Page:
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Making God a Priority in Your Catholic Home: Resources to help parents be prayer leaders

Making God a Priority in Your Catholic Home: Resources to help parents be prayer leaders

Priorities, to-do lists, goals…. we all get it, we’ve all got so much time and we’ve got to budget it according to what we wish to achieve. The spiritual leadership in our homes must be a priority.

As Catholics, our priorities are directed by the two great loves that could summarize the Ten Commandments: Love God and love our neighbor. And we must be deliberate about that — especially in our families. We must be in relationship with God — that means we pray — and we must share that relationship with our families. Parents need to be prayer leaders in our home. When my children were small we taught them prayers both formal and spontaneous. That and more! (I give real examples from our home in some of the articles I list for Catholic Mom and in the Among Women podcasts.) (Also, if you are a woman reading this, I also give a framework for spiritual motherhood in my book, Blessed, Beautiful, and Bodacious.)

Here’s a few resources I suggest.

Three great books:

First, a new book: A Short Guide to Praying as a Family: Growing Together in Faith and Love Each Day.61eiluMcKxL._SY498_BO1,204,203,200_

Last month on National Review Online, Kathryn Lopez interviews Sr Jane Laurel, OP, editor of the book. Sr Jane Laurel says…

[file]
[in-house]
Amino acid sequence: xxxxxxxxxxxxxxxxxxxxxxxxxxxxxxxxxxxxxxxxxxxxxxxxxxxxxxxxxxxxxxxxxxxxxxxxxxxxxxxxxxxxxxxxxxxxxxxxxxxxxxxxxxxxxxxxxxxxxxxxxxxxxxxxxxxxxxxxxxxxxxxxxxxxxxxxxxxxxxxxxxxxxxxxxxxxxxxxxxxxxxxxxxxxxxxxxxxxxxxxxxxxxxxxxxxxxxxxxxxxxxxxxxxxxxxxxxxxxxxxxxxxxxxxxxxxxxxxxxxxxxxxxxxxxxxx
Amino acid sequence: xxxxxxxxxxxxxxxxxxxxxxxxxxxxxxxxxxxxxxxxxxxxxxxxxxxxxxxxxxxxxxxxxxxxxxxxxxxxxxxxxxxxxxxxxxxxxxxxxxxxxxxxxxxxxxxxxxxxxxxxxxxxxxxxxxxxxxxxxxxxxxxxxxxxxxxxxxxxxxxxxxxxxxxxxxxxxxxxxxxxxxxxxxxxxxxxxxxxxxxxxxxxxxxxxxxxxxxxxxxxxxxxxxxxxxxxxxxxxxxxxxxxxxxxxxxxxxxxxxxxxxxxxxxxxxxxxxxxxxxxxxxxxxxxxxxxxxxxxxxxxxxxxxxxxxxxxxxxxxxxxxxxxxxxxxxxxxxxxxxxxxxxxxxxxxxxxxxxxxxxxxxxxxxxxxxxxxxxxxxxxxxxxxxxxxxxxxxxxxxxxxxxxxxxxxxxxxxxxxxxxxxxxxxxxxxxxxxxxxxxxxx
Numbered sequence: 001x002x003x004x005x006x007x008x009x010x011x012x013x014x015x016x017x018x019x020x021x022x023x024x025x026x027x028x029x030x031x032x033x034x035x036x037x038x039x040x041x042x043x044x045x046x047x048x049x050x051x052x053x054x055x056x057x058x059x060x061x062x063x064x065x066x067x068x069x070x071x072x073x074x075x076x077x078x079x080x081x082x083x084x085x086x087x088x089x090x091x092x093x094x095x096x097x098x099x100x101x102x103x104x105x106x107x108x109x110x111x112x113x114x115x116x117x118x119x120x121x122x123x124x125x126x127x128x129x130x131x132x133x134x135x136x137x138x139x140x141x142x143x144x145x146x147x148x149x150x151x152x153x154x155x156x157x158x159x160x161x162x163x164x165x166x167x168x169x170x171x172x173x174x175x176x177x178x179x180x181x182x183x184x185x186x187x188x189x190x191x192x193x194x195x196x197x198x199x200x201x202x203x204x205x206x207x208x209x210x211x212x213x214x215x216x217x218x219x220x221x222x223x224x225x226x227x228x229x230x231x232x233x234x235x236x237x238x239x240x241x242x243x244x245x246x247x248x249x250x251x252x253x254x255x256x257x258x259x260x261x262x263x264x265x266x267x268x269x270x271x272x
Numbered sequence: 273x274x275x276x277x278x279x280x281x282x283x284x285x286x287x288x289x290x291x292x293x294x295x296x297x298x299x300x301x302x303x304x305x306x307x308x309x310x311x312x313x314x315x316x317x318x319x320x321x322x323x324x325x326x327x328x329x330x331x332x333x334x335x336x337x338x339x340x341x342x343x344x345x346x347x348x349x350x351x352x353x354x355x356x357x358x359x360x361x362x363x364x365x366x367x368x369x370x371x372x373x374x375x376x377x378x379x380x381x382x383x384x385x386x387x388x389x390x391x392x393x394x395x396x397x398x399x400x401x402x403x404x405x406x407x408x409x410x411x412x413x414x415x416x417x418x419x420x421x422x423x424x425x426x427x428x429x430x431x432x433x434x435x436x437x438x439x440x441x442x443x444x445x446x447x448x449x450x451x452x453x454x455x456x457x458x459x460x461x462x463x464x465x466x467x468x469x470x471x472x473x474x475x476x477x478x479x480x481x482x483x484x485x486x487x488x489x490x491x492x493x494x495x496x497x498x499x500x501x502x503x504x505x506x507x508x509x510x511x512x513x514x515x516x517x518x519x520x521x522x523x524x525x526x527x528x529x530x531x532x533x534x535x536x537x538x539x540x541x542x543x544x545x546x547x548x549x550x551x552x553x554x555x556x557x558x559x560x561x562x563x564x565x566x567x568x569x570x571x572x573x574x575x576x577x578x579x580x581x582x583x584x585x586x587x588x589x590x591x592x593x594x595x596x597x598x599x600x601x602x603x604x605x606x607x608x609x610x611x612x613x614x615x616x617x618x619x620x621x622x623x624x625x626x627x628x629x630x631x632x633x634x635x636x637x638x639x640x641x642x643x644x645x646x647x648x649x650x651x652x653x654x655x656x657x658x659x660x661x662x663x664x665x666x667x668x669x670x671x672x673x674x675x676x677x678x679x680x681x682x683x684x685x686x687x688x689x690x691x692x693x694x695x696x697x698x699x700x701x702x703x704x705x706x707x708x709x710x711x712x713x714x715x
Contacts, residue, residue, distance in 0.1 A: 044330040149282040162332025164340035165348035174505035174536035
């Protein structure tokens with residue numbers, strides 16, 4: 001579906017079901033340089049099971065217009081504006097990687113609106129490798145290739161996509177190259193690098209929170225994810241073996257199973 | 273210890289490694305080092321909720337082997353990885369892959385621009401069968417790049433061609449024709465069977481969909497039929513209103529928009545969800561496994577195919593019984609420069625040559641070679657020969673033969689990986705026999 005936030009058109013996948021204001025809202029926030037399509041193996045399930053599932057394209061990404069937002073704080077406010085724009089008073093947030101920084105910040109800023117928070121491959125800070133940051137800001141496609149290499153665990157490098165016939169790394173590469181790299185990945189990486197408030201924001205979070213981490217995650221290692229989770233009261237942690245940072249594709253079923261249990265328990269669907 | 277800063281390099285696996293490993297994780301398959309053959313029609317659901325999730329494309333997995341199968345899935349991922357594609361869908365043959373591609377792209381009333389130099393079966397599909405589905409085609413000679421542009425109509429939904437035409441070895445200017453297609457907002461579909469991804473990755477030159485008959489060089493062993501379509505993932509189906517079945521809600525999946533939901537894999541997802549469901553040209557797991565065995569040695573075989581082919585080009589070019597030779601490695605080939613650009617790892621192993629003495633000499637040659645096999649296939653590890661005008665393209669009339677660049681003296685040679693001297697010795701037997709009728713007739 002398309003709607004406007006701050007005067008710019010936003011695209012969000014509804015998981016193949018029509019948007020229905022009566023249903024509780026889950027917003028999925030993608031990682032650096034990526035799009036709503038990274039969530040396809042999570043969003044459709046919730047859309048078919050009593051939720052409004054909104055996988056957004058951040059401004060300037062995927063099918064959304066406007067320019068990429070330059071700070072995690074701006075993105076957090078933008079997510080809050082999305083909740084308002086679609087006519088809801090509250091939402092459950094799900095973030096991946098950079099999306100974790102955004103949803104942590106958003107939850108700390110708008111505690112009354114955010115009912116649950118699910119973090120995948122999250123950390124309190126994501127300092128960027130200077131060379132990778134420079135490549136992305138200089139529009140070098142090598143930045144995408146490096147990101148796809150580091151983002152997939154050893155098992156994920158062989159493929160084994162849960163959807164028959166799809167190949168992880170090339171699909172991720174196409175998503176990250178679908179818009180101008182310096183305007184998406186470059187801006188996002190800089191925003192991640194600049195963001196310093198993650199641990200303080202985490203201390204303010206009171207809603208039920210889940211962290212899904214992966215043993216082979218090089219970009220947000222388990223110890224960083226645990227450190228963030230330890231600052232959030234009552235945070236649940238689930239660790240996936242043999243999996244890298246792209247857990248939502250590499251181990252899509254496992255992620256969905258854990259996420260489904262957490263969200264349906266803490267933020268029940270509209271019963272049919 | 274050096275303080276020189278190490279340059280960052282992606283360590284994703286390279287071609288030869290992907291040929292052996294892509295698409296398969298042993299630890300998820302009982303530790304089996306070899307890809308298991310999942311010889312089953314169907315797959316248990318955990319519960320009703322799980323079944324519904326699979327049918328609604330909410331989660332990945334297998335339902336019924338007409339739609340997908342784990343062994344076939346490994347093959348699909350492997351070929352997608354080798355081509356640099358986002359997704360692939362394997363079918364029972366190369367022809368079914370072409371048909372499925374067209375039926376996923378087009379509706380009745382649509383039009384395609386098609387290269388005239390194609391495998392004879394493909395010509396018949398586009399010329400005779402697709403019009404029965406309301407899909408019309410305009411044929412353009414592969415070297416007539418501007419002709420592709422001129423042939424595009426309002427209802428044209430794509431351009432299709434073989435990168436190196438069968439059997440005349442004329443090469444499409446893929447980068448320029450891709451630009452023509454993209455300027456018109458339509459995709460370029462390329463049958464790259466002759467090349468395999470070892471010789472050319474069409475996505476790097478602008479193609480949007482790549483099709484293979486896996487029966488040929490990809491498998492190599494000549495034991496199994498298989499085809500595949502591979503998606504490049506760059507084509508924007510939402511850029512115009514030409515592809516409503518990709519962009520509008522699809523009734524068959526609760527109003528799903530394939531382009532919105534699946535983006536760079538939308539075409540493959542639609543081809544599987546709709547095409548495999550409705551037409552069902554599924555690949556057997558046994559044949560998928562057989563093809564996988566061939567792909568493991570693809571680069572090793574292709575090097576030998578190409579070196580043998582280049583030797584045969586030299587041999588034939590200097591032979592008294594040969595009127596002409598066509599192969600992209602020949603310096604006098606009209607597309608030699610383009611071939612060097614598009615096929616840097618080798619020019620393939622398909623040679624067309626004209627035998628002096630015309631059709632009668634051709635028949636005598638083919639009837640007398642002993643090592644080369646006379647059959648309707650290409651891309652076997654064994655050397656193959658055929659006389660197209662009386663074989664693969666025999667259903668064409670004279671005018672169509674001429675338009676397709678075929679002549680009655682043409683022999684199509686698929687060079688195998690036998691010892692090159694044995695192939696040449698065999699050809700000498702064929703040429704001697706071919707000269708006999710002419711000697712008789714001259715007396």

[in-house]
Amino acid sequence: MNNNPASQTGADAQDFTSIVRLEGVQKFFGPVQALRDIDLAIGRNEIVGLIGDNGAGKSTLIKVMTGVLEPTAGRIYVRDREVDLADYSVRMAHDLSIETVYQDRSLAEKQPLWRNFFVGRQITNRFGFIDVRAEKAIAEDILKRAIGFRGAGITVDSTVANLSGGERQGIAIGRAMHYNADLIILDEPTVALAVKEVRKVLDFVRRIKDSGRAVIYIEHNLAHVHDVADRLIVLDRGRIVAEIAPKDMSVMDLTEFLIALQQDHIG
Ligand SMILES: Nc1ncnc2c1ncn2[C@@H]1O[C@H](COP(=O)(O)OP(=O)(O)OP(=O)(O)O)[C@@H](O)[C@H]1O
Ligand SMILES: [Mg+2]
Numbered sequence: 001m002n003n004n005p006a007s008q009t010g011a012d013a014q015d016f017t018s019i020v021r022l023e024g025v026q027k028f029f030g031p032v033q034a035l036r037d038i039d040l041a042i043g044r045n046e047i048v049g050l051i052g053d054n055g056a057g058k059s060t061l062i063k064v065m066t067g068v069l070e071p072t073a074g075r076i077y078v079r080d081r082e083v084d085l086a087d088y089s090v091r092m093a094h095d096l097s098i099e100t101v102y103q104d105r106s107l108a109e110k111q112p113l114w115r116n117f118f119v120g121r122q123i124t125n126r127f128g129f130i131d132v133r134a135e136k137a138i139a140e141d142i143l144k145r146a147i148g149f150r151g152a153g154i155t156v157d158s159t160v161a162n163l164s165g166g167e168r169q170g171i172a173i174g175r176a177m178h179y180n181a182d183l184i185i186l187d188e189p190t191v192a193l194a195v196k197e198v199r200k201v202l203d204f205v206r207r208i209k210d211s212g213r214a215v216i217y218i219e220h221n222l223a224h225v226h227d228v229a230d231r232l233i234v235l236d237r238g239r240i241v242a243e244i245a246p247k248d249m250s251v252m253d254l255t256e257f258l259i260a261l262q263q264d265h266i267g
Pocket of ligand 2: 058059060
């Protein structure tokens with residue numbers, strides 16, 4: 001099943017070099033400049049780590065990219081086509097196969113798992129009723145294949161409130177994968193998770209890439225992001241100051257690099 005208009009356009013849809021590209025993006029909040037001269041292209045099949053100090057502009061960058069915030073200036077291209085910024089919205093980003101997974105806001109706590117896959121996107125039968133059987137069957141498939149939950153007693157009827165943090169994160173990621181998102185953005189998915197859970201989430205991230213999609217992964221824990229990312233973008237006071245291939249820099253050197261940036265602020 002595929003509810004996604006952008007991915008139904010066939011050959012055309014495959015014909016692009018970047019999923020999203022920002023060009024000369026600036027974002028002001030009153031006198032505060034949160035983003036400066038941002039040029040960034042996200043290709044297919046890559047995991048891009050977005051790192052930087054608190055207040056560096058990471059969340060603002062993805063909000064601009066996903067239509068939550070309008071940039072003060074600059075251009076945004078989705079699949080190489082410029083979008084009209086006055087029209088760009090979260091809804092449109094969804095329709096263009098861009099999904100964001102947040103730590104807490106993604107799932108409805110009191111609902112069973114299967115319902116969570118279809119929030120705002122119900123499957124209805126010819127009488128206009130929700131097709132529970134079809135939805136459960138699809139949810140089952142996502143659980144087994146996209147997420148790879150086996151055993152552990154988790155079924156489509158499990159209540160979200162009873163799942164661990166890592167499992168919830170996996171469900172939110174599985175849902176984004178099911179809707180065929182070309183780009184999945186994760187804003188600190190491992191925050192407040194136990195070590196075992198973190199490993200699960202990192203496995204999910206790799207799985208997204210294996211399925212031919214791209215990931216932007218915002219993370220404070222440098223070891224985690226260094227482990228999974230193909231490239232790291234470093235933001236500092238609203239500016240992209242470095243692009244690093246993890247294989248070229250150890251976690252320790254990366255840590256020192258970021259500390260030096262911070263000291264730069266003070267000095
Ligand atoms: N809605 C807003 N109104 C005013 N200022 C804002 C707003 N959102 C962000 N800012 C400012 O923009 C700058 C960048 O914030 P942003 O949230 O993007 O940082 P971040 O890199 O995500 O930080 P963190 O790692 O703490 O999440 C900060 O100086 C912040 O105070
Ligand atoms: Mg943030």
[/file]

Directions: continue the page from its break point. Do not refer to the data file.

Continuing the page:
Praying as a family helps us to see with the eyes of faith. We see others and the tasks of daily life in a different light, a light that sets us free from unrealistic expectations about ourselves, others, our time, and “the way things should be.”  Faith also helps us to see all the blessings the Lord gives to us.  As we see His providence and His presence at work in our daily lives, we are filled with gratitude and love.  And, we begin to invite Him more and more into our daily plans and decisions, to see as He sees, and to love as He loves.  Receiving His love for us inspires us to go out in love to the members of our family with this same love.  When family members love one another, they become more respectful towards and attentive to one other.  What we could really say is that they affirm one another’s existence, saying to one another in effect by their attitude and actions: “It is good that you are.” Everyone loves to be around people who love and appreciate them.  So, when family members love and appreciate one another, they are happy.  Thus, when a disagreement or a misunderstanding occurs, the foundation of faith and love are already there, and so opening the lines of communication and reconciliation comes more easily.